Sex – What’s the Goal?

what is the goal with sex?

Sex.  This is a topic that will surely get some attention.  As social beings we both need and desire human connection.  Despite what some may believe, we all have a draw toward relating with others in meaningful ways.  Granted, how we connect may differ based on personalities and beliefs, but none the less, we all crave attention.  This got me thinking about sex, what it represents to different people, and what it signifies in relationships.  When we think about sex, I would venture to say that most people see it as an end game.  The goal is pleasure or orgasm.

When couples seek therapy due to sexual issues in their relationship, much of it is focused on how they can complete the act of sex successfully, more often, or in ways they find most pleasurable.  If we were to break this down, we may come to find that what most couples are lacking in their sexual encounters, is exactly the antidote for a healthy sex life.  Selfless connection.  I have seen countless men and women come in and out of therapy, depressed, anxious, feeling lonely and hopeless about their relationships.  These men and women continue to engage in relationships they realize are not going anywhere, or they are in a marriage where the focus is on their unmet needs.  In these situations, the couple lack connection.  Therefore, the general response to the goal of sex in these relationships tends to be egocentric in nature.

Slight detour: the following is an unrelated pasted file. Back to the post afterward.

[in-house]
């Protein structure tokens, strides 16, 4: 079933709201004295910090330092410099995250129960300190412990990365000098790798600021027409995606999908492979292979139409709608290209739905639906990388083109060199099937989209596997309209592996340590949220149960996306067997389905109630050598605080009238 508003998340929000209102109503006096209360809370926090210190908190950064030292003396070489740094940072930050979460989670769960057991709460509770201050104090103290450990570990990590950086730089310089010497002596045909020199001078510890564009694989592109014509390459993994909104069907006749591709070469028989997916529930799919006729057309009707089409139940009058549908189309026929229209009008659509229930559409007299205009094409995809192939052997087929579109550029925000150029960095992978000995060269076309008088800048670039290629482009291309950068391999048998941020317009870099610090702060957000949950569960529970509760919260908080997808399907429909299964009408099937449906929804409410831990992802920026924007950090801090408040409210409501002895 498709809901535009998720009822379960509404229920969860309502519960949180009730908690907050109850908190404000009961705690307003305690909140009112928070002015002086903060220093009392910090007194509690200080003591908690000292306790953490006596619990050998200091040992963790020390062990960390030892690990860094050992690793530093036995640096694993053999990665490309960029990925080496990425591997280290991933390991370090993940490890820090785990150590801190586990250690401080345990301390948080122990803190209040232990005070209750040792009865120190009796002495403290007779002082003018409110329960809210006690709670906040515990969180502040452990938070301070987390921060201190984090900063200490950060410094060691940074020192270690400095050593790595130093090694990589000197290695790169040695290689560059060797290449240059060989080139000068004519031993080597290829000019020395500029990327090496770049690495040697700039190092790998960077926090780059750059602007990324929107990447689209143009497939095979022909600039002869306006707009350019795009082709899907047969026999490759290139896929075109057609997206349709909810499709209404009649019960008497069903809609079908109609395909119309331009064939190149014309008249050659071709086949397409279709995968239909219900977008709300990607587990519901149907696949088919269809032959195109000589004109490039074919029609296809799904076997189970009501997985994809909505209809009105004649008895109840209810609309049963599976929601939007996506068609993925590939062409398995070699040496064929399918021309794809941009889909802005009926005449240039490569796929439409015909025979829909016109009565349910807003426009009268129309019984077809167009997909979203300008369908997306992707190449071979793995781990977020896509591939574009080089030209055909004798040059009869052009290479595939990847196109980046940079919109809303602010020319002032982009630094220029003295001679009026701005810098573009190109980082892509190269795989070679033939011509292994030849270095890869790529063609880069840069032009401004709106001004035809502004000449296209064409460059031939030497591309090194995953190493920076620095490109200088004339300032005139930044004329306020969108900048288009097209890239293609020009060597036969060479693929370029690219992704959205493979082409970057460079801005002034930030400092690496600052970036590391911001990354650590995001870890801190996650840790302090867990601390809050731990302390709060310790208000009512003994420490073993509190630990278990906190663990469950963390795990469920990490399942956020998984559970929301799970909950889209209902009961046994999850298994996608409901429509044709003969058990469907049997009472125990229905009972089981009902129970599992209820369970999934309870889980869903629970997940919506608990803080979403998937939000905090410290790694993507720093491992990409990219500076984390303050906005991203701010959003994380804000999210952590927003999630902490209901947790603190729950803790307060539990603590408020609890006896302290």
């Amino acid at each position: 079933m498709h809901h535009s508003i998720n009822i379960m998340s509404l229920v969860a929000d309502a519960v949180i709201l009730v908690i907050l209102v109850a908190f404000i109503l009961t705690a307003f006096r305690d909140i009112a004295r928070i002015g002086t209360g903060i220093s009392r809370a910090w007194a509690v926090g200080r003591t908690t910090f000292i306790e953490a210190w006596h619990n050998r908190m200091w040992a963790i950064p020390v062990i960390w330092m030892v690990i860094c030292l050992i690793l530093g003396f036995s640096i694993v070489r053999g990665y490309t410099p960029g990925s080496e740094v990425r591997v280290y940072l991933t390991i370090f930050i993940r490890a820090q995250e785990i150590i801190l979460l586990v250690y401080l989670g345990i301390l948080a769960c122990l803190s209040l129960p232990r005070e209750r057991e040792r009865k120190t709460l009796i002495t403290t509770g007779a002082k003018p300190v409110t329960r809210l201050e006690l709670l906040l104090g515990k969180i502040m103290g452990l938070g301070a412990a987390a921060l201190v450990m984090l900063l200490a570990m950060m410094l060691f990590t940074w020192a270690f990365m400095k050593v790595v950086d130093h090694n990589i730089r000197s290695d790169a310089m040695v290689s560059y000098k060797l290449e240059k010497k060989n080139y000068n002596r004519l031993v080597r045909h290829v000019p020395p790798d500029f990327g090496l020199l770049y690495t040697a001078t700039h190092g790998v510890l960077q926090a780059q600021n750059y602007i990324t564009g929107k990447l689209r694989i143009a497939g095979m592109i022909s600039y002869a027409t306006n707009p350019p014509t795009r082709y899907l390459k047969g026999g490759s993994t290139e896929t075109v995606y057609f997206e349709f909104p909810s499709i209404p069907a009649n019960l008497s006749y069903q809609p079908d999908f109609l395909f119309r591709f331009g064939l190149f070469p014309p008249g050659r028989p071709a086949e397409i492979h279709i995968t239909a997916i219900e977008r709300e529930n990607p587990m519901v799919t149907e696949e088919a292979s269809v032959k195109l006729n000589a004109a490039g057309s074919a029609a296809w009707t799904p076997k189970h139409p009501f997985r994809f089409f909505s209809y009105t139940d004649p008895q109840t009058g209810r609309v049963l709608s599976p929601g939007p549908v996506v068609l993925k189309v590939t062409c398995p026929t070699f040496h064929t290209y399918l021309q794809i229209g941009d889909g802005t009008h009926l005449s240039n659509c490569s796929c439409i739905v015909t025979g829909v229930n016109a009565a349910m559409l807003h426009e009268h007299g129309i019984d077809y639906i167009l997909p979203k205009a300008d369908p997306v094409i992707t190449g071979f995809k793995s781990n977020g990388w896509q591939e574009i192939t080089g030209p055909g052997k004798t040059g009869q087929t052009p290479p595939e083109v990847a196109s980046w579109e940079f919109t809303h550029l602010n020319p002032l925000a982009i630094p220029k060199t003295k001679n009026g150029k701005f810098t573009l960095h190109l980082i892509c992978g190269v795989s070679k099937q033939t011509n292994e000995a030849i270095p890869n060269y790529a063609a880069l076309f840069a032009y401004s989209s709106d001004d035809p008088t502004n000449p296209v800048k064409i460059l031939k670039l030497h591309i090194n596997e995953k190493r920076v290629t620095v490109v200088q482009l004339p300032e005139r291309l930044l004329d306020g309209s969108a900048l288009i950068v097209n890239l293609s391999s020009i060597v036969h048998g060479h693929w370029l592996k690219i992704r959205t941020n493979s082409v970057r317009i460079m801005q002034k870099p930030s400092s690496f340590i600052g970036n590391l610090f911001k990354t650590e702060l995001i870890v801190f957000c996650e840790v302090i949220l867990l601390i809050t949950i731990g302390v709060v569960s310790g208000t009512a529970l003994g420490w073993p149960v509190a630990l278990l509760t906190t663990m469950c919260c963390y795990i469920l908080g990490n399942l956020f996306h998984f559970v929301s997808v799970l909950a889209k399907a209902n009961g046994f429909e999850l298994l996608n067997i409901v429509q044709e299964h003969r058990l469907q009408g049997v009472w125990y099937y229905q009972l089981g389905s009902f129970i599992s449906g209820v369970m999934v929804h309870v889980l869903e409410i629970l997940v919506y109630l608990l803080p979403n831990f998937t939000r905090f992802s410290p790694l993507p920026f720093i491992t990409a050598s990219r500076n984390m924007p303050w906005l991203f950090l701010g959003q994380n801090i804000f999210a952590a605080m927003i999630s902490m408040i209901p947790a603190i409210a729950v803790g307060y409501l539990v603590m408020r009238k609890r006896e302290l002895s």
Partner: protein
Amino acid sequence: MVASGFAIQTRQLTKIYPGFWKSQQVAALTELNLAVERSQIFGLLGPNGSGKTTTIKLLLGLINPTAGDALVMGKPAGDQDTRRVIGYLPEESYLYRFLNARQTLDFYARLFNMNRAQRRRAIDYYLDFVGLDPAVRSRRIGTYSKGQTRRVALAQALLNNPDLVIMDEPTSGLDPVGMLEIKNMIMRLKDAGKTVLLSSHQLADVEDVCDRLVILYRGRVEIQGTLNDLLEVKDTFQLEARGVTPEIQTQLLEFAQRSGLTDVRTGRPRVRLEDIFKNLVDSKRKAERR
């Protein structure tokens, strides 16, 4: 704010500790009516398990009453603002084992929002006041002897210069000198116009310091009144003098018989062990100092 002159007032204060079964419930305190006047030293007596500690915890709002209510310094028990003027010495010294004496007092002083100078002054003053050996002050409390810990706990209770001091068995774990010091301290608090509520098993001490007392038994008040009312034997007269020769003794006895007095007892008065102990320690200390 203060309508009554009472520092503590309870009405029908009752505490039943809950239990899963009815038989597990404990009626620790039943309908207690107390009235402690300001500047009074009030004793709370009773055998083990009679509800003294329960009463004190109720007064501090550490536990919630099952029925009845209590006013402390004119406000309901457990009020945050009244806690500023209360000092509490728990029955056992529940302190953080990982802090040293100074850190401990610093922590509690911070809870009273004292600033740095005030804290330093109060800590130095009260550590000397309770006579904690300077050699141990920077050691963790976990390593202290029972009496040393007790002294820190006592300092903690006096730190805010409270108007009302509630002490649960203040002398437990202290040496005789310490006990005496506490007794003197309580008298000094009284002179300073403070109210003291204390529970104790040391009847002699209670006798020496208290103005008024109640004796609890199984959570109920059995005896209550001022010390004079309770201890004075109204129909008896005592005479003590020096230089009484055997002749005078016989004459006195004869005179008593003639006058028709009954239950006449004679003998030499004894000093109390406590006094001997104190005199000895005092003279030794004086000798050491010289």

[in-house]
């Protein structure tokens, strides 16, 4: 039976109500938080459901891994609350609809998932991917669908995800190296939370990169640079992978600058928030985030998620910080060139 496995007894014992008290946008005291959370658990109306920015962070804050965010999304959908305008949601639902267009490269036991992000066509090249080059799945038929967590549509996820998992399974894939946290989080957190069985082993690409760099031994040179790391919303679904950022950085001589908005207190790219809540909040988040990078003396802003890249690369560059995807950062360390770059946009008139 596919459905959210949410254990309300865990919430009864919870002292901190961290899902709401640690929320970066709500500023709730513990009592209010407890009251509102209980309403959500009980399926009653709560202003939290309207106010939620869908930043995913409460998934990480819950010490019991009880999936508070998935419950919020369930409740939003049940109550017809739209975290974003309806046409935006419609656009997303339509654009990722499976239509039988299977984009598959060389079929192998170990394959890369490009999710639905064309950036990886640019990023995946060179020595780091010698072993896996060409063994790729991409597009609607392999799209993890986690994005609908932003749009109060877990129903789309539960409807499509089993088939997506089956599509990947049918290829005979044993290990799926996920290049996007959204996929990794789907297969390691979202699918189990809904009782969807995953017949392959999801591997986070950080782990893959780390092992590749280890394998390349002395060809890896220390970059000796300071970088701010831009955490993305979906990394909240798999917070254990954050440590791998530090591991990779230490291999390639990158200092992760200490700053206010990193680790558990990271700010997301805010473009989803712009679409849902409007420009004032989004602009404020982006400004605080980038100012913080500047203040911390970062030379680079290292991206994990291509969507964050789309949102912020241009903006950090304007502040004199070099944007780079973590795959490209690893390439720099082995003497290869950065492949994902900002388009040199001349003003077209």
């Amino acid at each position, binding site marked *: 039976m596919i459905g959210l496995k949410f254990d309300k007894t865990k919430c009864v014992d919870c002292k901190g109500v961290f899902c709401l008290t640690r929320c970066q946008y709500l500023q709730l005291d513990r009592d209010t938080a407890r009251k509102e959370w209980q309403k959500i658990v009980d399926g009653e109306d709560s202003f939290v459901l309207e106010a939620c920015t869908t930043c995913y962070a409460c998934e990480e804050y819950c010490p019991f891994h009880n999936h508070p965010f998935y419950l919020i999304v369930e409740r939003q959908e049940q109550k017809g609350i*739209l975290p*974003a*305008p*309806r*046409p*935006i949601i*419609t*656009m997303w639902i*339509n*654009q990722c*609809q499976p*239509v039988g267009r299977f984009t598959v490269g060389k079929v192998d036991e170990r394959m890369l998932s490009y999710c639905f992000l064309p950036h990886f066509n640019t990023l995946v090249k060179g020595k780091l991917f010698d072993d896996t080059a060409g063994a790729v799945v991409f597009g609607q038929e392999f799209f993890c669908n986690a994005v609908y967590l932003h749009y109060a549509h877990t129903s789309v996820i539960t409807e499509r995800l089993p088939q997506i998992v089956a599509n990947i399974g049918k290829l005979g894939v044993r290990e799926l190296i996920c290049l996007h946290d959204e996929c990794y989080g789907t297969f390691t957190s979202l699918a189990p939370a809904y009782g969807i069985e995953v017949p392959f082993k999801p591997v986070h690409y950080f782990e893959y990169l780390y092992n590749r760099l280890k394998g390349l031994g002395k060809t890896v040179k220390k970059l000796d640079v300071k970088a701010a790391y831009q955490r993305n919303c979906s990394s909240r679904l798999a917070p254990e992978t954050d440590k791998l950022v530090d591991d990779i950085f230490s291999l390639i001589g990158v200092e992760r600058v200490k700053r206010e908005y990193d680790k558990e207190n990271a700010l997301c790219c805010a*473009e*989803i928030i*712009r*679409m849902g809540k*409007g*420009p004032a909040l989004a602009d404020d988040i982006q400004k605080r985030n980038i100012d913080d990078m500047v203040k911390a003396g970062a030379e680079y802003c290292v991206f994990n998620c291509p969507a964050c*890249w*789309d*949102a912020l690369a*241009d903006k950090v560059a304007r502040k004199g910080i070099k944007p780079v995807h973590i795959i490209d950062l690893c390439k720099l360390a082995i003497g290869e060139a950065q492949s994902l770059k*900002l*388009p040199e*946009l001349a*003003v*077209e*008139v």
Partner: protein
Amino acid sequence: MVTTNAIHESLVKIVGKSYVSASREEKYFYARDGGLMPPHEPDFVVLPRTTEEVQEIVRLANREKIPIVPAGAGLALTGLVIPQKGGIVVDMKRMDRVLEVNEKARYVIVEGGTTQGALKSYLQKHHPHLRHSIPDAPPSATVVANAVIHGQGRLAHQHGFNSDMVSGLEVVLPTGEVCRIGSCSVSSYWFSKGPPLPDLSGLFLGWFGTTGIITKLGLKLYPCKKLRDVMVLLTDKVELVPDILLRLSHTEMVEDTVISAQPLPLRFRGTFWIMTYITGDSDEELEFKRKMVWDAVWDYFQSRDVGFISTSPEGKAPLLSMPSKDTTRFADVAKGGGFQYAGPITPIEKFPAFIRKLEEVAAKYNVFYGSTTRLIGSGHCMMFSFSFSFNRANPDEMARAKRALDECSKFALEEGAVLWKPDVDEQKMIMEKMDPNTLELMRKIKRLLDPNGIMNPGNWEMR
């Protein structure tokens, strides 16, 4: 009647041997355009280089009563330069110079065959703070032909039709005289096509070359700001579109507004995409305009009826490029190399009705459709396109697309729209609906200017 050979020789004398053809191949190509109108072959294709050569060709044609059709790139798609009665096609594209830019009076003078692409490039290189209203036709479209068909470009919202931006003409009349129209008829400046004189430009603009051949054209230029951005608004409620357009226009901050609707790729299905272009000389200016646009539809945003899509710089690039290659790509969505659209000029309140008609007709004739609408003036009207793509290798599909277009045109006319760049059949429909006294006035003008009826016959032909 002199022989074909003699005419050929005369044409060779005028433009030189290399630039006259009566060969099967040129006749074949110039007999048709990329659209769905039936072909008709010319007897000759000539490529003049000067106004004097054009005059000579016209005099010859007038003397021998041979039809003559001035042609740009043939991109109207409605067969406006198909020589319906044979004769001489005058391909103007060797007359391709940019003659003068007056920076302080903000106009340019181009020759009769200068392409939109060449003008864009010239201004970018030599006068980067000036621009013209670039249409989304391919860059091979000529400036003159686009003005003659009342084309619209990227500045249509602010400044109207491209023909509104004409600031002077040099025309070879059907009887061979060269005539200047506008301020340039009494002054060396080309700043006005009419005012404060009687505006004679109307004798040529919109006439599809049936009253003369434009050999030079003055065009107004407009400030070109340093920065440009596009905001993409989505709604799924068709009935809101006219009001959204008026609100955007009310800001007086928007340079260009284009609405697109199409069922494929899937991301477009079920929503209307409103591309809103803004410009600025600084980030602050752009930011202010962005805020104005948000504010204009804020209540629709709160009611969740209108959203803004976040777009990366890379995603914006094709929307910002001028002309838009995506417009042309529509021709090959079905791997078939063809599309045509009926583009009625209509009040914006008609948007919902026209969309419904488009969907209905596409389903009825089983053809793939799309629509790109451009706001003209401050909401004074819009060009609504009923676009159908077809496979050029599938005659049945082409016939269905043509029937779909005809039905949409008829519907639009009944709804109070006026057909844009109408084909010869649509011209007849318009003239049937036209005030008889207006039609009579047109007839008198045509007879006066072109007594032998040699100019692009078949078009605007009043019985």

Don’t get me wrong, this mentality is not atypical and quite frankly, we have all been there.  However, the more I saw this as a practicing therapist, the more I thought, “what about connection and intimacy?”  The kind of connection and intimacy that is only attained through love and respect for oneself and another person.  I wonder what would happen, if we looked at the act of sex as a means by which to selflessly bond and connect within a relationship that was built on mutual respect and love.  The real end game here is sex itself, which would be the result of deeper human connection.

Trust and commitment are the walls that support the Sound Relationship House theory.  This theory is considered the foundation of Gottman Method Couples Therapy, and one which has been scientifically proven to help couples achieve greater understanding, connection, and intimacy in their relationships.  The exercises that promote connection and intimacy within this method have much to do with deepening friendships, fondness, and admiration for one another.  These are the keys to selfless love.  So, the next time you think about what sex represents to you, ask yourself, “What’s the goal?”